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For a groundbreaking overview of cancer risks, and evidence-based strategies to reduce your risk of developing colorectal cancer, and other types of cancer, order your copy of my new book, A Cancer Prevention Guide for the Human Race,” from Amazon, Barnes & Noble, Books-A-Million, Vroman’s Bookstore, and other fine bookstores!



Disclaimer: As always, my advice to readers is to seek the advice of your physician before making any significant changes in medications, diet, or level of physical activity


Dr. Wascher is an oncologic surgeon, a professor of surgery, a cancer researcher, an oncology consultant, and a widely published author


For a different perspective on Dr. Wascher, please click on the following YouTube link: 

Texas Blues Jam


I and the staff of Weekly Health Update would again like to take this opportunity to thank the more than 100,000 health-conscious people, from around the world, who visit this premier global health information website every month.  (As of 9/16/2010, more than 1,000,000 health-conscious people have logged onto Weekly Health Update so far this year!)  As always, I enjoy receiving your stimulating feedback and questions, and I will continue to try and personally answer as many of your inquiries as I possibly can.


 

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Smoking, Teenagers & Tobacco Company Advertising

April 25, 2010 by Robert Wascher  
Filed under Weekly Health Update

 

Welcome to Weekly Health Update



“A critical weekly review of important new research findings for health-conscious readers” 

SMOKING, TEENAGERS & TOBACCO COMPANY ADVERTISING

More than 40 years after the landmark United States Surgeon General’s report on smoking, cigarettes and other forms of tobacco continue to be the leading cause of preventable death around the world.  In the United States, alone, tobacco causes more than half a million unnecessary deaths every year from cancer and other tobacco-associated diseases.  In 2010, cancer will replace all other diseases as the single greatest cause of death, worldwide.  Most public health experts attribute the rising global incidence of cancer to the ongoing increase in the incidence of smoking in the developing world.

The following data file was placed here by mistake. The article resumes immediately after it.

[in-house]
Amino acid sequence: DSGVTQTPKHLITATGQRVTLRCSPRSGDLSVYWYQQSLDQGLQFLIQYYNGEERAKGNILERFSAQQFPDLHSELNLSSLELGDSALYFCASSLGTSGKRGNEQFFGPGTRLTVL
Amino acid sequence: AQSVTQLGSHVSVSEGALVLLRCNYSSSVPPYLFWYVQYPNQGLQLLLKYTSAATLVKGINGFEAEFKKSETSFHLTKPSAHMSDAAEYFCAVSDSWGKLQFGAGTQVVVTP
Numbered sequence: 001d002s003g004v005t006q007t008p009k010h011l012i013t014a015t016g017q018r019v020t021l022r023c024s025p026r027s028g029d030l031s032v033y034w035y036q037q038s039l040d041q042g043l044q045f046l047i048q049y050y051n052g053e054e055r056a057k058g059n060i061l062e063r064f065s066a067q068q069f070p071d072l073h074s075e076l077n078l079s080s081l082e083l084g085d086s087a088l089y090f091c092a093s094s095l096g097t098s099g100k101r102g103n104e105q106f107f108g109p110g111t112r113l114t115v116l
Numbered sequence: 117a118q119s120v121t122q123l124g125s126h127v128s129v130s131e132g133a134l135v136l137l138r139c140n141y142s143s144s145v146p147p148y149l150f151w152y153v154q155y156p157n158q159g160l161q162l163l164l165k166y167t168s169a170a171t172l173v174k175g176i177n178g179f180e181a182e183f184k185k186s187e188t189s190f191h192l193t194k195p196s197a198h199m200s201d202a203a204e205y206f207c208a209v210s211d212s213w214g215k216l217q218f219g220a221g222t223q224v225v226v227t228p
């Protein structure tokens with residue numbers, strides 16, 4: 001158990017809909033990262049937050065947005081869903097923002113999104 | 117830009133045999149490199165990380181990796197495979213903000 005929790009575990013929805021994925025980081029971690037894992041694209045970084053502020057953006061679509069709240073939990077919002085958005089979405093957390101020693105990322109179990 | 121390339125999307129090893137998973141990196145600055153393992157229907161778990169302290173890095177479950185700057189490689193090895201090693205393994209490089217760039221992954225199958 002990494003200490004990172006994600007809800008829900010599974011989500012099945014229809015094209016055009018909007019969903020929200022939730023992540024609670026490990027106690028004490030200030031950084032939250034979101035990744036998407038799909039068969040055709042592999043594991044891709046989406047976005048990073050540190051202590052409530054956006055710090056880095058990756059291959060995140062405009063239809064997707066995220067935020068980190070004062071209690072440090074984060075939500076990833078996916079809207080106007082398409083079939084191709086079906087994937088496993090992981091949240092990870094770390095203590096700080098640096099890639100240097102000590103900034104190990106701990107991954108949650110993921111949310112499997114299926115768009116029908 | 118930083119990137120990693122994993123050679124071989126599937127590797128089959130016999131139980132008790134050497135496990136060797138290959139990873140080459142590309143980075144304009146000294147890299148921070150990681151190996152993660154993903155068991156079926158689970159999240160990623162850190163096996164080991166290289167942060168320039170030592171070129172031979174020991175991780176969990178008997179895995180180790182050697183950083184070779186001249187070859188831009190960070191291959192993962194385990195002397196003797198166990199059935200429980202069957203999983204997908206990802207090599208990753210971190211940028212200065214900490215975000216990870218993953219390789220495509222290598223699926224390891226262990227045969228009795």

In the United States, the incidence of smoking continues to slowly decrease (although, sadly, mostly among the male half of the population) as a consequence of increased public education efforts, as well as increasingly restrictive laws against tobacco advertising and public smoking.  In response to these public health policy efforts to reduce the incidence of smoking in the United States, tobacco companies have had to become more creative in their efforts to replenish the dwindling pool of smokers in America.  Thus, despite their energetic denials to the contrary, tobacco companies continue to target teens and very young adults in their advertising campaigns, because the harsh and unequivocal reality of the tobacco industry is that 80 to 85 percent of all smokers become addicted to tobacco during their pre-teen or teenage years.  Therefore, following the 1998 Master Settlement Agreement, in which American tobacco companies agreed to stop directly targeting pre-teens and teens with tobacco advertisements, the Big Tobacco companies have had to become more nimble and more creative in their efforts to addict a new generation of pre-teens, teens, and young adults to their deadly products, while simultaneously circumventing the restrictions imposed upon them by the Master Settlement Agreement.